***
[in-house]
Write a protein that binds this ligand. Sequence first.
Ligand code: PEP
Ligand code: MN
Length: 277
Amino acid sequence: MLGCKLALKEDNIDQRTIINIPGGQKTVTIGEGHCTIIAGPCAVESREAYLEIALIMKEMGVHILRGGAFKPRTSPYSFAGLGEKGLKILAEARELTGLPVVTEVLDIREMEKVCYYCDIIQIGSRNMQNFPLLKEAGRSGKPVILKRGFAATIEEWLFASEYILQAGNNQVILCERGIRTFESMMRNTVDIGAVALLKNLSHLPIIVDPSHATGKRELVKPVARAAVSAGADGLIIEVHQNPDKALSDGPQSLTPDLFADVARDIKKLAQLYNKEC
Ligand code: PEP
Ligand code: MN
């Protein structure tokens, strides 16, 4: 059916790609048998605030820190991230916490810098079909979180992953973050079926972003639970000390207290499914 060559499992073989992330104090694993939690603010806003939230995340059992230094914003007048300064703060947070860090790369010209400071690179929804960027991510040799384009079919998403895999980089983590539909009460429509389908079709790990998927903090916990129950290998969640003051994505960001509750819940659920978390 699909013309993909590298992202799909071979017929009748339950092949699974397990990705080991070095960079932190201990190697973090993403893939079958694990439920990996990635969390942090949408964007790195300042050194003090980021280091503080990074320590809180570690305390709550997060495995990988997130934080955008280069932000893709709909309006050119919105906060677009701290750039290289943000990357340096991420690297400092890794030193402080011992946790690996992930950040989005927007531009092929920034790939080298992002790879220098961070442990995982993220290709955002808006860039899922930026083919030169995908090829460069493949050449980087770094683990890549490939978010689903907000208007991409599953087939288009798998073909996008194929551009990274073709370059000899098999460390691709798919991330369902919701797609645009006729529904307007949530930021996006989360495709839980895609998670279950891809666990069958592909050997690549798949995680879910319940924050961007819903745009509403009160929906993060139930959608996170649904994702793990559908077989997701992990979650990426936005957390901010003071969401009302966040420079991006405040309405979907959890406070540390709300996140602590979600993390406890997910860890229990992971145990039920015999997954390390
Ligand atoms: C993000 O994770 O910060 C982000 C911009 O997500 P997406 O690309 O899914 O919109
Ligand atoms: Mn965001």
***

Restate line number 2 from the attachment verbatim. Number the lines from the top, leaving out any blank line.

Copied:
Write a protein that binds this ligand. Sequence first.